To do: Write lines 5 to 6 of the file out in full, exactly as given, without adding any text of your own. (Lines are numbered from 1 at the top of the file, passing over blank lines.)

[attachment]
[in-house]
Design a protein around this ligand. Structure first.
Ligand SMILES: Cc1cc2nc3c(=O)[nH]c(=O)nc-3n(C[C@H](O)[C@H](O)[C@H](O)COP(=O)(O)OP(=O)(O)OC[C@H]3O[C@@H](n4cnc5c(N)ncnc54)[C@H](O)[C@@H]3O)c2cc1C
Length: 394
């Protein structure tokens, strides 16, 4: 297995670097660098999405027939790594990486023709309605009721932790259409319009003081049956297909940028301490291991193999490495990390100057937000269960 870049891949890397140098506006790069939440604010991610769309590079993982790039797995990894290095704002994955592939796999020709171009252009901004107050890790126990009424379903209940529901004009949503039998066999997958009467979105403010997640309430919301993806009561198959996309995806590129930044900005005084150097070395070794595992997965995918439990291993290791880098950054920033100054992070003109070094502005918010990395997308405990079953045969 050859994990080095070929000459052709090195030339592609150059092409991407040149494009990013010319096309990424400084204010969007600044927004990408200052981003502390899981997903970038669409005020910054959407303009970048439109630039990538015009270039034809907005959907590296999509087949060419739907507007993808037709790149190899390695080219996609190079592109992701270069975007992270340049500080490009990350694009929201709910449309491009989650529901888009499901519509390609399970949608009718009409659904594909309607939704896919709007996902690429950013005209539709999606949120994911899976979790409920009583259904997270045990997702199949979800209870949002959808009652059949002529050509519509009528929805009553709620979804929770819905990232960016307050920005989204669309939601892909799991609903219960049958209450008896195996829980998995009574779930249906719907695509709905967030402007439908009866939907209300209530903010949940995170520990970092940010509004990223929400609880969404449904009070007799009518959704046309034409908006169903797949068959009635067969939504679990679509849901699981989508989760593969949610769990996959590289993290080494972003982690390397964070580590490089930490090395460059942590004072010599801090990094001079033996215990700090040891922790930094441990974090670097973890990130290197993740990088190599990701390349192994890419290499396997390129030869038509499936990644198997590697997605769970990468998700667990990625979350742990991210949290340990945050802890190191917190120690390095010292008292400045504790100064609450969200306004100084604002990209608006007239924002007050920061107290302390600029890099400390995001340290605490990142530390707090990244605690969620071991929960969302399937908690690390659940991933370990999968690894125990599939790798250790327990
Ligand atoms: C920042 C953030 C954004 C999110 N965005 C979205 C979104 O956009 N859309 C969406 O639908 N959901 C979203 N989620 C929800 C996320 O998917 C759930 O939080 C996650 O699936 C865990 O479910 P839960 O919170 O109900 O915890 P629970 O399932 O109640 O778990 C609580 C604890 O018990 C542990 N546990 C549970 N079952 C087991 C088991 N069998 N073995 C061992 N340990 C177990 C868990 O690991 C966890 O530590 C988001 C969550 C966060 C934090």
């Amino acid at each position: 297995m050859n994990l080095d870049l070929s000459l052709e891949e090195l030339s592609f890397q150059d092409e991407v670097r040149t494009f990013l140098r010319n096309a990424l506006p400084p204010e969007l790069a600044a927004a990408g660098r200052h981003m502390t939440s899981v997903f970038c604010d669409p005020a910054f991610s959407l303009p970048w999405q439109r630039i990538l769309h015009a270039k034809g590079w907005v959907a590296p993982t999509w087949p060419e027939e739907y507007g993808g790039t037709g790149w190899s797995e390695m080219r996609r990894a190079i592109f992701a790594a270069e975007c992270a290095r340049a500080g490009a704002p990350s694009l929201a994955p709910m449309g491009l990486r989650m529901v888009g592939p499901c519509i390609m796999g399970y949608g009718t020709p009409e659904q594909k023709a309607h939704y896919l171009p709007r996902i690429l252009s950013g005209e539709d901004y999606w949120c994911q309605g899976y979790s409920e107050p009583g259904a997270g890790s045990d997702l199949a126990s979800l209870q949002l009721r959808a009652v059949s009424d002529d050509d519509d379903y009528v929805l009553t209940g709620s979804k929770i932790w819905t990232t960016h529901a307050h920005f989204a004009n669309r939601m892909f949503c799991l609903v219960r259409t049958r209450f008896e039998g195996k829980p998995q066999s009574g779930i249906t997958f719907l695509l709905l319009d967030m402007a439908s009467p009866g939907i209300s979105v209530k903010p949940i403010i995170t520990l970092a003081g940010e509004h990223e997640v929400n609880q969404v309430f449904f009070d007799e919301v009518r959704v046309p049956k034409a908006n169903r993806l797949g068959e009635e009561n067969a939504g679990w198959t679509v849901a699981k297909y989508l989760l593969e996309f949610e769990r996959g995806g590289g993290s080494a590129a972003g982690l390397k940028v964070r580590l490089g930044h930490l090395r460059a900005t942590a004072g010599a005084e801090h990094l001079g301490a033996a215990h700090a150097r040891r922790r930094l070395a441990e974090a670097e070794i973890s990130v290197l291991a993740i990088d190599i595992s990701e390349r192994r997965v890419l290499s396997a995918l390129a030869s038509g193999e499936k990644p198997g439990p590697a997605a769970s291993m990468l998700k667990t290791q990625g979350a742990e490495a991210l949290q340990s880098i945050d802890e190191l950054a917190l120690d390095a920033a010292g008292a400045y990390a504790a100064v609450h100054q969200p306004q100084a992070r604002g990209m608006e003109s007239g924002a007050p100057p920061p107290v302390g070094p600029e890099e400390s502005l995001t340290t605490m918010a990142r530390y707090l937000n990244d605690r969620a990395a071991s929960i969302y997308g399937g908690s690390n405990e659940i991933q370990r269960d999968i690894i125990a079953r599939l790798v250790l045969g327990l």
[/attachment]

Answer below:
């Protein structure tokens, strides 16, 4: 297995670097660098999405027939790594990486023709309605009721932790259409319009003081049956297909940028301490291991193999490495990390100057937000269960 870049891949890397140098506006790069939440604010991610769309590079993982790039797995990894290095704002994955592939796999020709171009252009901004107050890790126990009424379903209940529901004009949503039998066999997958009467979105403010997640309430919301993806009561198959996309995806590129930044900005005084150097070395070794595992997965995918439990291993290791880098950054920033100054992070003109070094502005918010990395997308405990079953045969 050859994990080095070929000459052709090195030339592609150059092409991407040149494009990013010319096309990424400084204010969007600044927004990408200052981003502390899981997903970038669409005020910054959407303009970048439109630039990538015009270039034809907005959907590296999509087949060419739907507007993808037709790149190899390695080219996609190079592109992701270069975007992270340049500080490009990350694009929201709910449309491009989650529901888009499901519509390609399970949608009718009409659904594909309607939704896919709007996902690429950013005209539709999606949120994911899976979790409920009583259904997270045990997702199949979800209870949002959808009652059949002529050509519509009528929805009553709620979804929770819905990232960016307050920005989204669309939601892909799991609903219960049958209450008896195996829980998995009574779930249906719907695509709905967030402007439908009866939907209300209530903010949940995170520990970092940010509004990223929400609880969404449904009070007799009518959704046309034409908006169903797949068959009635067969939504679990679509849901699981989508989760593969949610769990996959590289993290080494972003982690390397964070580590490089930490090395460059942590004072010599801090990094001079033996215990700090040891922790930094441990974090670097973890990130290197993740990088190599990701390349192994890419290499396997390129030869038509499936990644198997590697997605769970990468998700667990990625979350742990991210949290340990945050802890190191917190120690390095010292008292400045504790100064609450969200306004100084604002990209608006007239924002007050920061107290302390600029890099400390995001340290605490990142530390707090990244605690969620071991929960969302399937908690690390659940991933370990999968690894125990599939790798250790327990
Ligand atoms: C920042 C953030 C954004 C999110 N965005 C979205 C979104 O956009 N859309 C969406 O639908 N959901 C979203 N989620 C929800 C996320 O998917 C759930 O939080 C996650 O699936 C865990 O479910 P839960 O919170 O109900 O915890 P629970 O399932 O109640 O778990 C609580 C604890 O018990 C542990 N546990 C549970 N079952 C087991 C088991 N069998 N073995 C061992 N340990 C177990 C868990 O690991 C966890 O530590 C988001 C969550 C966060 C934090």